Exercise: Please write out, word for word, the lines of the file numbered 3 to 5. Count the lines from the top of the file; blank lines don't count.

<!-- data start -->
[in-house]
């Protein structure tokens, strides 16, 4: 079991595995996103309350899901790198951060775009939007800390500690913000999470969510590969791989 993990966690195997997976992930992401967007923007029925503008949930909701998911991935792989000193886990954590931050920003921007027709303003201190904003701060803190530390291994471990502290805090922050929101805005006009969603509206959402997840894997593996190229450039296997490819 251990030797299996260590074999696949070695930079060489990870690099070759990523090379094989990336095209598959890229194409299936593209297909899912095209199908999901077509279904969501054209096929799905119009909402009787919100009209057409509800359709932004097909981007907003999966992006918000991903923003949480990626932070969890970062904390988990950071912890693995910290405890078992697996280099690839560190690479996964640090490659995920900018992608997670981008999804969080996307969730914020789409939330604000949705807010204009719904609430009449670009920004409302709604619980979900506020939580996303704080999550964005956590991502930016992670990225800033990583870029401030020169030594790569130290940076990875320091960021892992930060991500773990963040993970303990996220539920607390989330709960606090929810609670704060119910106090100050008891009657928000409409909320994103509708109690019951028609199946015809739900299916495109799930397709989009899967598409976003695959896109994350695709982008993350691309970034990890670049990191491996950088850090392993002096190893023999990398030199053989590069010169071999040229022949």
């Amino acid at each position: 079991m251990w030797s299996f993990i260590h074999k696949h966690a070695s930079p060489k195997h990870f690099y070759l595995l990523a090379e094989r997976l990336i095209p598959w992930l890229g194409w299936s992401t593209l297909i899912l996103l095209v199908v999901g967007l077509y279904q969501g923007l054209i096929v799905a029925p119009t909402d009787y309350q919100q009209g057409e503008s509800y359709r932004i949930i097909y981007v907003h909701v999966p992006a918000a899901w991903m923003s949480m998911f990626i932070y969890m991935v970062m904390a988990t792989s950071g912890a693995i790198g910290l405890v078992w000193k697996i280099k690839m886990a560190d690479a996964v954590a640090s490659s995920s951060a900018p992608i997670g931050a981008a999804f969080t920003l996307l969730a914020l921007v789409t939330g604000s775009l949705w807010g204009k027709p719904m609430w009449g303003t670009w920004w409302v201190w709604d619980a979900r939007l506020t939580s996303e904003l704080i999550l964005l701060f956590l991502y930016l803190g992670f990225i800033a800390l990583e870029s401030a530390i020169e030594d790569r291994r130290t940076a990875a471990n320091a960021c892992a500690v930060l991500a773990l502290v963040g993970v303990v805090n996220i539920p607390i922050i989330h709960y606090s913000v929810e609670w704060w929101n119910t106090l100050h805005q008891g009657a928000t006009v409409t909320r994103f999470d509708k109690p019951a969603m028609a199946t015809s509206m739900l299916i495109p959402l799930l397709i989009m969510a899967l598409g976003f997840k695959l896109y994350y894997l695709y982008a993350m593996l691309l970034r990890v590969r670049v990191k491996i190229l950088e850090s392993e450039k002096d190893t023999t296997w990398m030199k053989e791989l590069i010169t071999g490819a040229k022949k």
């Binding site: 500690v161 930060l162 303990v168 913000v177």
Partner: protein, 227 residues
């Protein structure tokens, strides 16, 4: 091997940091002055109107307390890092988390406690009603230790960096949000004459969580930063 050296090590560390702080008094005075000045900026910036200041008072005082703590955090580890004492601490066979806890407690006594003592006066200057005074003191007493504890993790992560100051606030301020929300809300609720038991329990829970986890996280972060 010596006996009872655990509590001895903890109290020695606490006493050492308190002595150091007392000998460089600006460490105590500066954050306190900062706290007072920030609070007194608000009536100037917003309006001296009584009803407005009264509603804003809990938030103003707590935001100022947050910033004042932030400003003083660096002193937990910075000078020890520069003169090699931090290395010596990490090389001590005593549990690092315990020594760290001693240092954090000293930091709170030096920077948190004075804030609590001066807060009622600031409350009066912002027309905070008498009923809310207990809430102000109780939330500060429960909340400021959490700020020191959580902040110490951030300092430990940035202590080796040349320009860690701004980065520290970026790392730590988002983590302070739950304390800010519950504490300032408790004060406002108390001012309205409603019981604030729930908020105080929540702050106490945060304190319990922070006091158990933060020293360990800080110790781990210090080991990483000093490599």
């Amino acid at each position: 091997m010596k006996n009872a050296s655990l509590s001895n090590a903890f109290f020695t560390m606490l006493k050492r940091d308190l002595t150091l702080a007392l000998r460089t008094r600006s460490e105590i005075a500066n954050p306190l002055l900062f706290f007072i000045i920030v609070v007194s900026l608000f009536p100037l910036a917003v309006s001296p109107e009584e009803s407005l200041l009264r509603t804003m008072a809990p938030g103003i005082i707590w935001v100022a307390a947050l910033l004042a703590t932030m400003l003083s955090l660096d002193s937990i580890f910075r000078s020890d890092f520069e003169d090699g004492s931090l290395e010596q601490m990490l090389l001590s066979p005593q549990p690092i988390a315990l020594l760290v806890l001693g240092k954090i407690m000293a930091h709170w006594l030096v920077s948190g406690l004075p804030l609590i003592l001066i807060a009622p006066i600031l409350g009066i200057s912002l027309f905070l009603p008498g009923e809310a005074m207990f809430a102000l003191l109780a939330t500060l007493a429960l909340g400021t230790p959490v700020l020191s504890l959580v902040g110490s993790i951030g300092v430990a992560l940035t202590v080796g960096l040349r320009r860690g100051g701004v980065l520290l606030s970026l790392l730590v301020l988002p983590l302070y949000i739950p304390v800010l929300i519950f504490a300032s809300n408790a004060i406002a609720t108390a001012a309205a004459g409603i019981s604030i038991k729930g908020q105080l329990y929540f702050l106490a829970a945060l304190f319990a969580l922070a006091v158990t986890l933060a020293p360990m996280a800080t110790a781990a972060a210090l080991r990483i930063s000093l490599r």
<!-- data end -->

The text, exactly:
């Amino acid at each position: 079991m251990w030797s299996f993990i260590h074999k696949h966690a070695s930079p060489k195997h990870f690099y070759l595995l990523a090379e094989r997976l990336i095209p598959w992930l890229g194409w299936s992401t593209l297909i899912l996103l095209v199908v999901g967007l077509y279904q969501g923007l054209i096929v799905a029925p119009t909402d009787y309350q919100q009209g057409e503008s509800y359709r932004i949930i097909y981007v907003h909701v999966p992006a918000a899901w991903m923003s949480m998911f990626i932070y969890m991935v970062m904390a988990t792989s950071g912890a693995i790198g910290l405890v078992w000193k697996i280099k690839m886990a560190d690479a996964v954590a640090s490659s995920s951060a900018p992608i997670g931050a981008a999804f969080t920003l996307l969730a914020l921007v789409t939330g604000s775009l949705w807010g204009k027709p719904m609430w009449g303003t670009w920004w409302v201190w709604d619980a979900r939007l506020t939580s996303e904003l704080i999550l964005l701060f956590l991502y930016l803190g992670f990225i800033a800390l990583e870029s401030a530390i020169e030594d790569r291994r130290t940076a990875a471990n320091a960021c892992a500690v930060l991500a773990l502290v963040g993970v303990v805090n996220i539920p607390i922050i989330h709960y606090s913000v929810e609670w704060w929101n119910t106090l100050h805005q008891g009657a928000t006009v409409t909320r994103f999470d509708k109690p019951a969603m028609a199946t015809s509206m739900l299916i495109p959402l799930l397709i989009m969510a899967l598409g976003f997840k695959l896109y994350y894997l695709y982008a993350m593996l691309l970034r990890v590969r670049v990191k491996i190229l950088e850090s392993e450039k002096d190893t023999t296997w990398m030199k053989e791989l590069i010169t071999g490819a040229k022949k």
């Binding site: 500690v161 930060l162 303990v168 913000v177």
Partner: protein, 227 residues